The Grays, who collectively own three businesses – his, hers and theirs – opened their home at 3043 W. Kiowa St. to the community Nov. 13 for the Junior League Kitchens with Altitude tour. The fundraiser was a good way for the Grays to help the League raise money for its programs.
But it also gave the community a glimpse of their talents.
Tara owns Modern Maven, an interior design business, and teaches design at Pikes Peak Community College. Luc owns Tola Custom Homes, and does residential design and construction. Together, they own Gray Limited, which combines their forces and also serves as a resale business for the stylish eco-friendly ethanol heaters the couple uses to heat their own little house.
Their kitchen is tiny, but they’ve added space-saving and sleek cabinets and counters for hidden storage.
“Affordability was also really important to us,” Tara said. “A lot of people think plastic laminates are cheap looking, but I think we’ve shown that you can use a good metallic plastic laminate for a nice modern feel.”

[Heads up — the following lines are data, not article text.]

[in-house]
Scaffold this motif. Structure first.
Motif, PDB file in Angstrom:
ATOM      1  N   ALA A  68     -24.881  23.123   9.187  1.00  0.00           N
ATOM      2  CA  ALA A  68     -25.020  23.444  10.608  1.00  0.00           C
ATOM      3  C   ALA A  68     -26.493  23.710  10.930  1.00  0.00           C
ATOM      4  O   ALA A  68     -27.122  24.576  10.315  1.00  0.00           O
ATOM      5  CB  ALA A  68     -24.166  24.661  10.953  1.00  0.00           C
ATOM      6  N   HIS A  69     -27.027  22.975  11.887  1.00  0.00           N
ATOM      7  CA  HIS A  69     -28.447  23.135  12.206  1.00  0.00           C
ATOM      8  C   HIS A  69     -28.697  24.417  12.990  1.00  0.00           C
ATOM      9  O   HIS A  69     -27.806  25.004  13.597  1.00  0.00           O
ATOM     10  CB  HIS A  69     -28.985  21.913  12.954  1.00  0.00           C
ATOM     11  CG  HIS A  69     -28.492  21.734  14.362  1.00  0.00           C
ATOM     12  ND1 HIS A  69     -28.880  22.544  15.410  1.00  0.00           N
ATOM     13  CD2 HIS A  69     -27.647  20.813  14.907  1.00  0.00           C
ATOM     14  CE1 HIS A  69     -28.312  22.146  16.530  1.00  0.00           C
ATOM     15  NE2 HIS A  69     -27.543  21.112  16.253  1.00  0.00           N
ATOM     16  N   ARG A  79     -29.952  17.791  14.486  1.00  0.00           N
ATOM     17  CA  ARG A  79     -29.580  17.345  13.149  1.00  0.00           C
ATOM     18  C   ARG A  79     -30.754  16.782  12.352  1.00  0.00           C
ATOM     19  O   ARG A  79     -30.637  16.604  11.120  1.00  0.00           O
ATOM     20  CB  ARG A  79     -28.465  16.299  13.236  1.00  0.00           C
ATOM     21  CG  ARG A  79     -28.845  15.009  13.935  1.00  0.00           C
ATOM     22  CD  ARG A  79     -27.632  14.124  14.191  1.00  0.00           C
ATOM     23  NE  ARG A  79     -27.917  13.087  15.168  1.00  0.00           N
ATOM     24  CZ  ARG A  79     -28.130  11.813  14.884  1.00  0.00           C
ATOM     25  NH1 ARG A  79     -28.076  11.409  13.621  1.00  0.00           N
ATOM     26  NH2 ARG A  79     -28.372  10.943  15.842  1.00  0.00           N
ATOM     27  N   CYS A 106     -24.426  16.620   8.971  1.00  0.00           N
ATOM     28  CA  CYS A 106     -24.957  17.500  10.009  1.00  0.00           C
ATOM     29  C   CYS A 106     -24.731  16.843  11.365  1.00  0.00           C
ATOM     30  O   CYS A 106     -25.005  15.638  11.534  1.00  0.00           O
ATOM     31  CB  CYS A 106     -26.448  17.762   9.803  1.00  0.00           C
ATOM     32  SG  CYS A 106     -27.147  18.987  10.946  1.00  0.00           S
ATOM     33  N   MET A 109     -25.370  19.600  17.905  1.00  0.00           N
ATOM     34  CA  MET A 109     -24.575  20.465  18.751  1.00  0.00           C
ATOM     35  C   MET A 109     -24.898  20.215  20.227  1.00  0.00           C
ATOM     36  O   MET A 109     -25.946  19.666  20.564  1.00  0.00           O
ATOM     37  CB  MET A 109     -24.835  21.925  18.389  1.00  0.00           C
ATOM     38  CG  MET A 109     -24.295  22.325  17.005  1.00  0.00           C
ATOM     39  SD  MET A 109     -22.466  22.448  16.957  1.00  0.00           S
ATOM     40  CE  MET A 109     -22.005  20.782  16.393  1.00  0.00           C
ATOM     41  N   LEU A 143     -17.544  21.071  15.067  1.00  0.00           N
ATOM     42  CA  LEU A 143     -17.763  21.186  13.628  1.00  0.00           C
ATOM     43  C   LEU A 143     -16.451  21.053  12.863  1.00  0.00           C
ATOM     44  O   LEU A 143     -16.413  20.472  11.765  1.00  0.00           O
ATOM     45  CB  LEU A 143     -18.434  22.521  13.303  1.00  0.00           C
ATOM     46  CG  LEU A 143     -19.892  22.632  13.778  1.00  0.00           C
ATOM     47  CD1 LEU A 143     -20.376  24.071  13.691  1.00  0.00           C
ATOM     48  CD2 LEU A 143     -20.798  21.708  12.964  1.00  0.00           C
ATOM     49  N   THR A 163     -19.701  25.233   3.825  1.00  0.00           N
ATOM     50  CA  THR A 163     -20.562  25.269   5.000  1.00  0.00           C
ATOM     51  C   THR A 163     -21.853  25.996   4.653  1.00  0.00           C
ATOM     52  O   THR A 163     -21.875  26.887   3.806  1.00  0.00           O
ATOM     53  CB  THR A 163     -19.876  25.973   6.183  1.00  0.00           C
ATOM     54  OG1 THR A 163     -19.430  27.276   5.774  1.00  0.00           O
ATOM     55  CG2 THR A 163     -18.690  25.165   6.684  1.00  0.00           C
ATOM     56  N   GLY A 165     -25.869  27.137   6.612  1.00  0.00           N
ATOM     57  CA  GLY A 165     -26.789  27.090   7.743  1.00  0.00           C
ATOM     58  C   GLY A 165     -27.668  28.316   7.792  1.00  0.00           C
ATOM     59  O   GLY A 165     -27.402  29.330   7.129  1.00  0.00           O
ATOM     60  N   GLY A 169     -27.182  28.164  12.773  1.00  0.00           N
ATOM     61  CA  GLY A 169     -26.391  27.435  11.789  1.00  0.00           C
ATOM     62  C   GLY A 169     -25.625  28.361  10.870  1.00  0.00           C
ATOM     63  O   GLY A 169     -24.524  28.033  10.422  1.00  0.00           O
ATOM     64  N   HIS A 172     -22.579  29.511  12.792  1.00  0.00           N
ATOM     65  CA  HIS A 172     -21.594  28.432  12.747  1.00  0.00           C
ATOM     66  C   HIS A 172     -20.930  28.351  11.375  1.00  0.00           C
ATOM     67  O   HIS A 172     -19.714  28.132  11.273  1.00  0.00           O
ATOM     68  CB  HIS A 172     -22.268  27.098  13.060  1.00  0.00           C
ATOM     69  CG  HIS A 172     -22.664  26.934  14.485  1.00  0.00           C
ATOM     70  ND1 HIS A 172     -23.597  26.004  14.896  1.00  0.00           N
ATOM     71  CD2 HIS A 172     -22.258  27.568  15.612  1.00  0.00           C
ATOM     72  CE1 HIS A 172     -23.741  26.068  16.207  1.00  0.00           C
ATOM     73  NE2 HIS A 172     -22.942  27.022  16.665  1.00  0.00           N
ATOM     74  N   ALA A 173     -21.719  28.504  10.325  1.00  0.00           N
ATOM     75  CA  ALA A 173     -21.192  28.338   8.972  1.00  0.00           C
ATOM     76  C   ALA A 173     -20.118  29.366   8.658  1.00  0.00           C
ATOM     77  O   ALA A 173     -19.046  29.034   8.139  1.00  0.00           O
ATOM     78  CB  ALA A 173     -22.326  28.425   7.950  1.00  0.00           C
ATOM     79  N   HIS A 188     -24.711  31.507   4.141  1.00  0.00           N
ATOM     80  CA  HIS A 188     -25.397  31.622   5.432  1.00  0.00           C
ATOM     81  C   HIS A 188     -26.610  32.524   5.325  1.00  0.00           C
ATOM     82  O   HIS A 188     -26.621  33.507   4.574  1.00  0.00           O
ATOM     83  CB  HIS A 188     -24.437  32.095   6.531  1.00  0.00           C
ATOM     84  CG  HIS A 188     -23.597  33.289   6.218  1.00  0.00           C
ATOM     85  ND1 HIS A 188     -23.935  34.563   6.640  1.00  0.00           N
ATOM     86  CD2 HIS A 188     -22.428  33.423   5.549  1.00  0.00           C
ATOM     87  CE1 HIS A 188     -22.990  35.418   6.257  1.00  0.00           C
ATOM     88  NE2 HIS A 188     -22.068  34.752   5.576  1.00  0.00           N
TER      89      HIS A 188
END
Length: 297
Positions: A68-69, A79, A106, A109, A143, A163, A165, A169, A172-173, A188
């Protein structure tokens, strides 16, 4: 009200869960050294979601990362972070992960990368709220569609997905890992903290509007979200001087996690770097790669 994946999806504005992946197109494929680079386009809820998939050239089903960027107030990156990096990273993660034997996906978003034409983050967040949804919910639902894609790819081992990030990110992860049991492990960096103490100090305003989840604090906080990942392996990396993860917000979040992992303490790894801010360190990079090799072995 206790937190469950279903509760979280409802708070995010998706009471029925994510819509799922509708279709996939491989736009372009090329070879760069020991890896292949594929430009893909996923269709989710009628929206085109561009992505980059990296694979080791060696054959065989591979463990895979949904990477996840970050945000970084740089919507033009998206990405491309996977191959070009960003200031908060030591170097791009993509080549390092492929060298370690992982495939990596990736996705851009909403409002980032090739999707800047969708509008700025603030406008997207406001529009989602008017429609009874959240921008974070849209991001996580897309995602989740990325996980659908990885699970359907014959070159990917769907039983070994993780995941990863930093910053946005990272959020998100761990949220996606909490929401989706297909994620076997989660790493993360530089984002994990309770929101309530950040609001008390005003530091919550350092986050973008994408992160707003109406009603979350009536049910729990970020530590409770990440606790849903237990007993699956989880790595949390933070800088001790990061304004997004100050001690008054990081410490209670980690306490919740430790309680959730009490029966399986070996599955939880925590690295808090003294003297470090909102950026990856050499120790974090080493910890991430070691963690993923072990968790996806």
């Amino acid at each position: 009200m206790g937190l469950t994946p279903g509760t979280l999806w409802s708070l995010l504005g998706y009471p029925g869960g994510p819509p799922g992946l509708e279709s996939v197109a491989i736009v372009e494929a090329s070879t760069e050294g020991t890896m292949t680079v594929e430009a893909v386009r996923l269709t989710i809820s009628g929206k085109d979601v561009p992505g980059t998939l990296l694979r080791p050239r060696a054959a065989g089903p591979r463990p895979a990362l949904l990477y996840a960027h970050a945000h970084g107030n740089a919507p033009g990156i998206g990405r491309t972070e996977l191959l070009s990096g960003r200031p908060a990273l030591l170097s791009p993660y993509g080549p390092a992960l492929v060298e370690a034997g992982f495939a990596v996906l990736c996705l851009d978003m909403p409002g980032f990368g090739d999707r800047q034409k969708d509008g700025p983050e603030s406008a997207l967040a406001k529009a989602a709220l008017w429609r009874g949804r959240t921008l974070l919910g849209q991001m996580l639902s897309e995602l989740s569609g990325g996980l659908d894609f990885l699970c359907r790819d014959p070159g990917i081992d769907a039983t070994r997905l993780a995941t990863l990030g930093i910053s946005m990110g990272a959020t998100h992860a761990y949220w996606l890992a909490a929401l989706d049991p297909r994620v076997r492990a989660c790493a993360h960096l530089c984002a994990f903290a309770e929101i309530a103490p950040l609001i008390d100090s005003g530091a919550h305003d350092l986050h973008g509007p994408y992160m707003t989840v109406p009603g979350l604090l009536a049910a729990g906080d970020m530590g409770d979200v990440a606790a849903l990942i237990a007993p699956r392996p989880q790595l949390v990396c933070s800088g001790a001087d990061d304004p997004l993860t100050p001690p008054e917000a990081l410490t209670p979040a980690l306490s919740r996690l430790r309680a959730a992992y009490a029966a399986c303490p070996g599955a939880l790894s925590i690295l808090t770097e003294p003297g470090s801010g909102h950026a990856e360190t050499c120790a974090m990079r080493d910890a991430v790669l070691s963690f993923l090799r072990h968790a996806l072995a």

The kitchen island even sits on sliders so they can maximize space for company, Tara said.
While the kitchen tour highlighted seven beautiful homes with stunning kitchens and unique décor, at least a couple of the kitchens were showcases for the businesses of the homeowners. The home at 1624 Oakmoor Heights was another.
Unlike the Grays’ small Westside home, Steve Miller’s custom house on almost two acres in the Cheyenne Mountain area is an expansive home with a big open kitchen and luxurious man-cave.
Miller spent a decade working with national builders and just broke out on his own in June.
He built his house, complete with a vast open kitchen, sweeping city views and chiseled granite countertops.
And his Galiant Homes custom home building business is beginning to take off. He’s about to start work on his first design and building project in the Broadmoor area.